Which poison ivy treatment is best?
There are few things worse than enjoying a beautiful hike over the weekend only to realize you’re covered in that familiar poison ivy rash come Monday morning. Even after taking all of the necessary precautions, sometimes it’s impossible to avoid that inconspicuous green leaf.
When you start to feel the itch, you’d probably try just about anything to get relief. However, there are quite a few affordable treatment options available. For a powerful remedy with a homeopathic formula, check out the Green Goo Poison Ivy Salve.
What to know before you buy a poison ivy treatment
The aggravating itch caused by poison ivy is due to a naturally occurring oil called urushiol. Poison ivy leaves produce urushiol as a defense against predators, but the waxy substance can easily come off and stick to your skin or clothing if you simply brush against the plants.
We all know the “leaves of three, leave it be” rhyme, but if the plants are unavoidable, wash any exposed skin as soon as possible to stop the oil from spreading. Wear long pants when hiking and wash them as soon as you get home, taking care to wash your hands after touching any exposed garments. There are also preventive products on the market that can block urushiol from entering your skin.
If you have a particularly severe poison ivy rash, you may be wondering when it’s time to see the doctor. Many pharmaceutical options are available that can provide quick and powerful relief, but these often use harsh chemicals and are more expensive than over-the-counter treatment methods. Some treatment pills can also interfere with other medications you may be taking. It comes down to your personal choice and the severity of your rash. When in doubt, consult a physician.
- When cleaning up after exposure to poison ivy, be sure to scrub under your fingernails too. Urushiol can easily hide in hard-to-reach places and spread days, or even weeks, after initial exposure.
- If you’re hiking with a pet, wash them afterward if you think they may have been exposed to the plant.
- Poison ivy rashes can’t spread from person to person, but the oil can get on anything, from hiking boots to gardening tools.
- Never burn poison ivy leaves. You could inhale smoke containing urushiol, resulting in a dangerous and painful lung infection.
What to look for in a quality poison ivy treatment
You can find poison ivy treatments in various forms, from scrubs and lotions to pills. Creams are great for soothing irritated skin and usually dry to form a thin protective layer over the rash. Lotions are popular because they provide fast relief, but you may need to reapply more frequently than other treatments. Homeopathic pills are a convenient choice, but they take longer to work and some users question their overall efficacy.
Treatments can use a multitude of homeopathic and chemical ingredients to provide relief. Zinc oxide, witch hazel and baking soda are commonly used, while many people recommend hydrocortisone cream or calamine lotion.
The itchy rash caused by exposure to poison ivy will usually only last for two to three weeks. Most users won’t go through an extra-large container of lotion or cream in that amount of time, so save some money and look for a small- to medium-sized jar or bottle.
How much you can expect to spend on a poison ivy treatment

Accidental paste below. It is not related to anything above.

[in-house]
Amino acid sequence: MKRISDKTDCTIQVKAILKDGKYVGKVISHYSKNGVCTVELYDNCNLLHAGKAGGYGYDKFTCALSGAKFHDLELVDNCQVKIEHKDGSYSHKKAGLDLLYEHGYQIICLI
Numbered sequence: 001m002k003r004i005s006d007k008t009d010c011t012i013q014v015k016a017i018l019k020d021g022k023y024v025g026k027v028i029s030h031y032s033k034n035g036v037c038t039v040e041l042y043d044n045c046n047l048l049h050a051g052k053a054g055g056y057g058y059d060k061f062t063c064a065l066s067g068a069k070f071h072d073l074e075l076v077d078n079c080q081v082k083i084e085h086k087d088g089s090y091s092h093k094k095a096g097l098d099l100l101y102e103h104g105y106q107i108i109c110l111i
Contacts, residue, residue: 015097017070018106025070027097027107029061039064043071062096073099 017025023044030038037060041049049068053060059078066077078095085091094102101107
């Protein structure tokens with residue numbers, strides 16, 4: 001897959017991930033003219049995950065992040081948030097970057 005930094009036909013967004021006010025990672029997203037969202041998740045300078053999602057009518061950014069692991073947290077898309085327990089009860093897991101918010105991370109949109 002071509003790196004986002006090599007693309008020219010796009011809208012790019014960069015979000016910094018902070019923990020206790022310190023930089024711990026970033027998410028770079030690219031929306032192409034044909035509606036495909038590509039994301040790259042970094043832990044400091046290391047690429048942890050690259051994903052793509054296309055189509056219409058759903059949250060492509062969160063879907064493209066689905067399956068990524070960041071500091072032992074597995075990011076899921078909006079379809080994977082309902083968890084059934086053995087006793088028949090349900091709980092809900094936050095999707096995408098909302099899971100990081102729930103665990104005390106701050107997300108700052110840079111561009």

The cost of a poison ivy treatment will usually depend on the size of the container and the quality of the ingredients. Most consumers can expect to pay $5-$20 for a reliable, over-the-counter treatment.
Poison ivy treatment FAQ
Why does poison ivy itch?
A. The itch caused by exposure to poison ivy is due to the oil urushiol, which the plant naturally produces as a defense mechanism.
Can poison ivy cause permanent damage?
A. Poison ivy rashes rarely lead to permanent damage, but avoid scratching the infected area or you could risk scarring.
What’s the best poison ivy treatment to buy?
Top poison ivy treatment
What you need to know: This popular salve uses an entirely plant-based formula to provide quick relief.
What you’ll love: The treatment’s gluten-free formula includes natural ingredients such as myrrh, yarrow, sage and St. John’s wort. The company uses the highest-quality homeopathic ingredients in all of its products.
What you should consider: The container is somewhat small, so you may run out if you have a particularly widespread rash.
Where to buy: Sold by iHerb
Top poison ivy treatment for the money
What you need to know: A popular treatment from a well-known company, this concentrated lotion offers great bang for your buck.
What you’ll love: The dermatologist-recommended formula uses high-quality ingredients such as calamine, camphor and three different types of oat kernel to provide relief. You can also use the powerful lotion for chickenpox and insect bites.
What you should consider: Some users didn’t like the lotion’s sticky feel, and others had to reapply often to feel consistent relief.
Where to buy: Sold by iHerb
Worth checking out
What you need to know: This small tub of anti-itch cream uses menthol and camphor for a soothing sensation on irritated skin.
What you’ll love: Many users enjoy the smell and unique cooling sensation of this poison ivy cream. The formula includes effective calming ingredients like shea butter, almond oil and natural camphor. The product is steroid-free.
What you should consider: A few users received a product with a seal that was already broken.
Where to buy: Sold by iHerb
Sign up here to receive the BestReviews weekly newsletter for useful advice on new products and noteworthy deals.
Patrick Farmer writes for BestReviews. BestReviews has helped millions of consumers simplify their purchasing decisions, saving them time and money.
Copyright 2021 BestReviews, a Nexstar company. All rights reserved.